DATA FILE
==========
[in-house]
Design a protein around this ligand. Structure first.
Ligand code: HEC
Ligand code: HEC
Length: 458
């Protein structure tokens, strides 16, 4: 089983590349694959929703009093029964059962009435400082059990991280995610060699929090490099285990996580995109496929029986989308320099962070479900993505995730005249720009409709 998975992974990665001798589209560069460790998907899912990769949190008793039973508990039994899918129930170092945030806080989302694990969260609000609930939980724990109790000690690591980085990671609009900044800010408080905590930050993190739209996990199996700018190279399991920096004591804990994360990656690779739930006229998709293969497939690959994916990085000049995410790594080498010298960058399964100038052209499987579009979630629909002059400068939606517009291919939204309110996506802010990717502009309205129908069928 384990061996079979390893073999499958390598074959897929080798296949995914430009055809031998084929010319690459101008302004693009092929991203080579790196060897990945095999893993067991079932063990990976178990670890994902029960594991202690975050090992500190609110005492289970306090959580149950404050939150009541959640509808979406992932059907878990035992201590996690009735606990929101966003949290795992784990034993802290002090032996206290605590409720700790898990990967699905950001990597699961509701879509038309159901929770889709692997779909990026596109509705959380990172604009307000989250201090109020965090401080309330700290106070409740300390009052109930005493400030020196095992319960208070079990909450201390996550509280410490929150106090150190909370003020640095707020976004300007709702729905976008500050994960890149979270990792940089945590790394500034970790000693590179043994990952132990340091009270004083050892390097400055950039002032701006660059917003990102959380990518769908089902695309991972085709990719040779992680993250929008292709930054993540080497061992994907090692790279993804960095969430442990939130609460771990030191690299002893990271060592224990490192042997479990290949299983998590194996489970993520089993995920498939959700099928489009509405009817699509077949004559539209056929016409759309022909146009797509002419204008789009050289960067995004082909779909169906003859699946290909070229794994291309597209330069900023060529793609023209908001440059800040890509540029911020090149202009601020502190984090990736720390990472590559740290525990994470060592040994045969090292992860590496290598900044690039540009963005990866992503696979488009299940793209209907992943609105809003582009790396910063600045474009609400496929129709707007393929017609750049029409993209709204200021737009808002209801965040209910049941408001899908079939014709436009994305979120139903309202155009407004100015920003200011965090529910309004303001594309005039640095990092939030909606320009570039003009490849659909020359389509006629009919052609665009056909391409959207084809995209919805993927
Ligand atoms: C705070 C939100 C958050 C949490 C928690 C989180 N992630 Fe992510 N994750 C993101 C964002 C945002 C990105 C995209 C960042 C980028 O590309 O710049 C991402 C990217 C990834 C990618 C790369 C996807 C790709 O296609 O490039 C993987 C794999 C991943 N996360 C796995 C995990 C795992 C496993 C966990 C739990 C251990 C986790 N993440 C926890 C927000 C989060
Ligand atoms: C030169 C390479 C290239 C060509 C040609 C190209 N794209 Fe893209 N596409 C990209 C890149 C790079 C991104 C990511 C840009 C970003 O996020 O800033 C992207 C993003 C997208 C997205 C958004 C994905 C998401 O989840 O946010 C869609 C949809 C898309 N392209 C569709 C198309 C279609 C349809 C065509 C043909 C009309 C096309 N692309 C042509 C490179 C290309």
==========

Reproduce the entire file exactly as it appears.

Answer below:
[in-house]
Design a protein around this ligand. Structure first.
Ligand code: HEC
Ligand code: HEC
Length: 458
């Protein structure tokens, strides 16, 4: 089983590349694959929703009093029964059962009435400082059990991280995610060699929090490099285990996580995109496929029986989308320099962070479900993505995730005249720009409709 998975992974990665001798589209560069460790998907899912990769949190008793039973508990039994899918129930170092945030806080989302694990969260609000609930939980724990109790000690690591980085990671609009900044800010408080905590930050993190739209996990199996700018190279399991920096004591804990994360990656690779739930006229998709293969497939690959994916990085000049995410790594080498010298960058399964100038052209499987579009979630629909002059400068939606517009291919939204309110996506802010990717502009309205129908069928 384990061996079979390893073999499958390598074959897929080798296949995914430009055809031998084929010319690459101008302004693009092929991203080579790196060897990945095999893993067991079932063990990976178990670890994902029960594991202690975050090992500190609110005492289970306090959580149950404050939150009541959640509808979406992932059907878990035992201590996690009735606990929101966003949290795992784990034993802290002090032996206290605590409720700790898990990967699905950001990597699961509701879509038309159901929770889709692997779909990026596109509705959380990172604009307000989250201090109020965090401080309330700290106070409740300390009052109930005493400030020196095992319960208070079990909450201390996550509280410490929150106090150190909370003020640095707020976004300007709702729905976008500050994960890149979270990792940089945590790394500034970790000693590179043994990952132990340091009270004083050892390097400055950039002032701006660059917003990102959380990518769908089902695309991972085709990719040779992680993250929008292709930054993540080497061992994907090692790279993804960095969430442990939130609460771990030191690299002893990271060592224990490192042997479990290949299983998590194996489970993520089993995920498939959700099928489009509405009817699509077949004559539209056929016409759309022909146009797509002419204008789009050289960067995004082909779909169906003859699946290909070229794994291309597209330069900023060529793609023209908001440059800040890509540029911020090149202009601020502190984090990736720390990472590559740290525990994470060592040994045969090292992860590496290598900044690039540009963005990866992503696979488009299940793209209907992943609105809003582009790396910063600045474009609400496929129709707007393929017609750049029409993209709204200021737009808002209801965040209910049941408001899908079939014709436009994305979120139903309202155009407004100015920003200011965090529910309004303001594309005039640095990092939030909606320009570039003009490849659909020359389509006629009919052609665009056909391409959207084809995209919805993927
Ligand atoms: C705070 C939100 C958050 C949490 C928690 C989180 N992630 Fe992510 N994750 C993101 C964002 C945002 C990105 C995209 C960042 C980028 O590309 O710049 C991402 C990217 C990834 C990618 C790369 C996807 C790709 O296609 O490039 C993987 C794999 C991943 N996360 C796995 C995990 C795992 C496993 C966990 C739990 C251990 C986790 N993440 C926890 C927000 C989060
Ligand atoms: C030169 C390479 C290239 C060509 C040609 C190209 N794209 Fe893209 N596409 C990209 C890149 C790079 C991104 C990511 C840009 C970003 O996020 O800033 C992207 C993003 C997208 C997205 C958004 C994905 C998401 O989840 O946010 C869609 C949809 C898309 N392209 C569709 C198309 C279609 C349809 C065509 C043909 C009309 C096309 N692309 C042509 C490179 C290309």